Monty Barnett and Rachel Ryckman recently obtained a victory in the Wyoming Supreme Court, which ruled in favor of their client in a high-profile defamation case that had achieved national publicity. The case was a free speech case that involved fundamental First Amendment principles. Specifically, Monty and Rachel represented a Wyoming state legislator who was sued by a former Wyoming Superintendent of Public Instruction. One of the statements was posted on the client’s campaign Facebook page, and the other statement was made during a political debate. Monty and Rachel obtained an Order dismissing the lawsuit at the trial court level, and the plaintiff appealed to the Wyoming Supreme Court. The Wyoming Supreme Court unanimously upheld and affirmed the dismissal, reaffirming the high bar that public figures must clear in order to maintain a defamation lawsuit.
This year’s Wyoming Insurance Seminar was held on February 3, 2017 at the Radisson Hotel Denver Southeast. Our agenda, moderated by Grant Curry, Esq., included various topics with information provided by our guest speakers Dr. Shawn Sapp, Lucas Edwards, P.E., Monty Barnett, Esq., Dr. J. Quinn Campbell and Jason Neville, Esq.
The seminar was sponsored by AEI Corporation, Case Forensics, Fay Engineering, Forensic Pursuit, Integrated Medical Evaluations, Inc., Jacobson Forensic Engineering, Inc., Rimkus Consulting Group, Inc., SEA Limited, Unified Investigations & Sciences, Inc. and Western Engineering and Research Corporation.
White and Steele appreciates the interest and support for everyone who attend and participate in our annual Wyoming Insurance seminars. If you would like to suggest a topic or are interested in being a sponsor for 2018, please contact Donna Parker at firstname.lastname@example.org.
The distribution night before Thanksgiving is always extra busy and extra rewarding! Thank you to Jodi Derrera-Guffey (with Lorraine, Nina, and Brandi), Monty Barnett (with Denise, Brandon, and Gabe), Rachel Ryckman (with Kris, Jason, Parker, and Landon), Matt Tills ( with Tricia), Savvi Neufer (with Ross), Louie Reinenger, Susan Portillos and Mike Daugherty for their volunteering time in November. This was the biggest turnout yet and everyone got a ton done. Jodi and her crew, Rachel and her crew, Monte and his crew, Savvi and Ross, Louie, Matt and Mike all worked in the warehouse. They sorted a lot of produce, including a ton of cucumbers (if the produce does not get sorted and into the marketplace it ends up going bad). The group also broke down big bags of pinto beans (10 or more 15 pound bags) into family size portions, they sorted canned goods and dried goods, loaded and moved pallets of produce to get into the marketplace, washed down bins, broke down boxes, etc. They got about a week’s worth of work done which is huge. There was a lot of laughter and fun going on back there also! Tricia and Susan worked in the marketplace starting people shopping, checking them in and helping weigh them on their way out along with Matt’s periodic help.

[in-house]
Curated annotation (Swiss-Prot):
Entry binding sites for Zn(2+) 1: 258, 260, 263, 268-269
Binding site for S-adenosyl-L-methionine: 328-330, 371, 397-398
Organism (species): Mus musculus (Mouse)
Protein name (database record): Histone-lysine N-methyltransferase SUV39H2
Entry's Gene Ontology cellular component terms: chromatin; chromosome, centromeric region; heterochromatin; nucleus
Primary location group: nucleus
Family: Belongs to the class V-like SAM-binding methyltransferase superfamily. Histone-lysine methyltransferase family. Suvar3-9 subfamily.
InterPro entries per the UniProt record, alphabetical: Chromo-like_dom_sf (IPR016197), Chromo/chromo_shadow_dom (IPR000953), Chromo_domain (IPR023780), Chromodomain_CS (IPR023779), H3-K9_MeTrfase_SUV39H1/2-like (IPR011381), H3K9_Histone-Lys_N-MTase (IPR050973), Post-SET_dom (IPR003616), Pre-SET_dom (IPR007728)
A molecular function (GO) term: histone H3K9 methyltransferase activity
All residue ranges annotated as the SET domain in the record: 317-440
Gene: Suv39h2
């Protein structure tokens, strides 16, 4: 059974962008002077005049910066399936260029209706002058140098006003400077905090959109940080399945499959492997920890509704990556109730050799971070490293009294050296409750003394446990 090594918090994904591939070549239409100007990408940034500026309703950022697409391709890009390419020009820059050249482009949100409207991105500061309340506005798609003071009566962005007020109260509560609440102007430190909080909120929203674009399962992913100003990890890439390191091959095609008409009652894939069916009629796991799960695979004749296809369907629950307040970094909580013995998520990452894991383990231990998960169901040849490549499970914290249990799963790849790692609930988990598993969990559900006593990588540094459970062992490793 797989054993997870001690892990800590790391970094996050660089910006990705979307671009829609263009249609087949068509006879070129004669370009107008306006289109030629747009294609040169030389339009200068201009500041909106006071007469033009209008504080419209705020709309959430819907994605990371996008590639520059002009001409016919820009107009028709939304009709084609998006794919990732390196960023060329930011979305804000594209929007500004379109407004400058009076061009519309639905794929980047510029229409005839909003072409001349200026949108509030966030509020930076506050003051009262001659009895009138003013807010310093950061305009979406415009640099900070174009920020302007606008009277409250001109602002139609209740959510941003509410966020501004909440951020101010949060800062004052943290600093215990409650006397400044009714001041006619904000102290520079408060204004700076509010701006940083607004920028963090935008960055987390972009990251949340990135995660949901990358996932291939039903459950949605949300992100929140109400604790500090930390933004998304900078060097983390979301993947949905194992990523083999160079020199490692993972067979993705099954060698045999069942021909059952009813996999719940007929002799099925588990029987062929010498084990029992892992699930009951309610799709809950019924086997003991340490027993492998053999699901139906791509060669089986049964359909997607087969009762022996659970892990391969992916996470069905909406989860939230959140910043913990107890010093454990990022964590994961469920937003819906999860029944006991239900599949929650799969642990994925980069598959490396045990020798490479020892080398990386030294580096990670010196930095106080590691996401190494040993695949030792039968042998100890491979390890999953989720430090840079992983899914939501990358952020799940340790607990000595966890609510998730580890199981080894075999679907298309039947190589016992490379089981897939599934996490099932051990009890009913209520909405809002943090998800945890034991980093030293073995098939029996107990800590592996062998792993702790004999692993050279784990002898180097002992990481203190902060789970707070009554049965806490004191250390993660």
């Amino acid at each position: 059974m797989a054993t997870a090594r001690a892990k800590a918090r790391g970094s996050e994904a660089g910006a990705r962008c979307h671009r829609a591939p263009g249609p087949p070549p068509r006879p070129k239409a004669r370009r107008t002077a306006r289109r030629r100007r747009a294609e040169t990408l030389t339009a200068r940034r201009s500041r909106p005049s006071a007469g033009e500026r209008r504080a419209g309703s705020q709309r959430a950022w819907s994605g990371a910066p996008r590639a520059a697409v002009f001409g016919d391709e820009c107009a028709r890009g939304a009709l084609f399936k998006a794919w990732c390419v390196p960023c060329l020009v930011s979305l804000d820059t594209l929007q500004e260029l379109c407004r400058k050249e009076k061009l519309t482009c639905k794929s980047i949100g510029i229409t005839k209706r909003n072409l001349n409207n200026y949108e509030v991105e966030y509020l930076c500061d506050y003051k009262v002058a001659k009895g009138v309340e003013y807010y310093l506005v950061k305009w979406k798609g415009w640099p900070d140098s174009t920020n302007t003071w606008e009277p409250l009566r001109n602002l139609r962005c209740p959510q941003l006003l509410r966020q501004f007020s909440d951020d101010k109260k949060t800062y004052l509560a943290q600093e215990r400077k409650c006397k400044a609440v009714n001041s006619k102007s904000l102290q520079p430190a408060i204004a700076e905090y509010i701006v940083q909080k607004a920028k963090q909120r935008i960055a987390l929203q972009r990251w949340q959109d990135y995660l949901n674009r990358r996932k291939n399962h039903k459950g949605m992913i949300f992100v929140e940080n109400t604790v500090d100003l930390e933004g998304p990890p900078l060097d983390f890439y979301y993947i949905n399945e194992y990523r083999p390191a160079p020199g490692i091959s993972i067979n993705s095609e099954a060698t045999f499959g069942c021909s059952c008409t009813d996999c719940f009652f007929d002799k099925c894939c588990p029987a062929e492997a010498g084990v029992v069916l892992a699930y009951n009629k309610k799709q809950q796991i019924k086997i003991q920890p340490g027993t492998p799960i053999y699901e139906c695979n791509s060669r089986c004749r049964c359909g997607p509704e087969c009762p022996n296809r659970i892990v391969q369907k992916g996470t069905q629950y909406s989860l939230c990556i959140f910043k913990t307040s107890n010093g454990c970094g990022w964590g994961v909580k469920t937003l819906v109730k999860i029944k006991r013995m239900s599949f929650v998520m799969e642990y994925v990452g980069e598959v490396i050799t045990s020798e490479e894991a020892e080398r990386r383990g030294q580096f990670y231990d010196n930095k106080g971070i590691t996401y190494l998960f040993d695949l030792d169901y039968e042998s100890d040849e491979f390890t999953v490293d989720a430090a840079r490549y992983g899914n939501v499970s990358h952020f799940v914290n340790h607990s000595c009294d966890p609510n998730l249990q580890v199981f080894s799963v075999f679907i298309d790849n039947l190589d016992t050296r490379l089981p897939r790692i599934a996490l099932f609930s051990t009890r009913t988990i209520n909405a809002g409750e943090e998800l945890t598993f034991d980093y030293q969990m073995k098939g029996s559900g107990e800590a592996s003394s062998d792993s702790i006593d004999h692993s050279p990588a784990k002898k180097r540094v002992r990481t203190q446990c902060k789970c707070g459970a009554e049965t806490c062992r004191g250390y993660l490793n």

"It’s always rewarding to volunteer at Metro Caring, but this month was especially unique due to our large group. We were not only able to get a lot of tasks accomplished, but it also provided a nice opportunity to spend time with colleagues and their families outside of the office, and that made for an even more enjoyable evening." -Louie Reininger
"It was my first time volunteering for anything, and I must say it was a great feeling to be able to do something to make someone’s life a little easier. It being right before Thanksgiving made it even more special." -Jodi Derrera-Guffey
"If anything I would say that it felt a little chaotic at times, but it was still great to see so many faces and we got so much extra work done than we normally would!" -Savvi Neufer
"It was nice to help others. I thought the shopping area was cool." -Landon
"It meant a lot to me to help others." -Parker
"We had a great turnout of White & Steele volunteers (along with friends and family members) and, as usual, it was a rewarding and fun experience. With the number of people that showed up we accomplished a lot of work and helped a lot of people feed their families over the Thanksgiving holiday." -Monty Barnett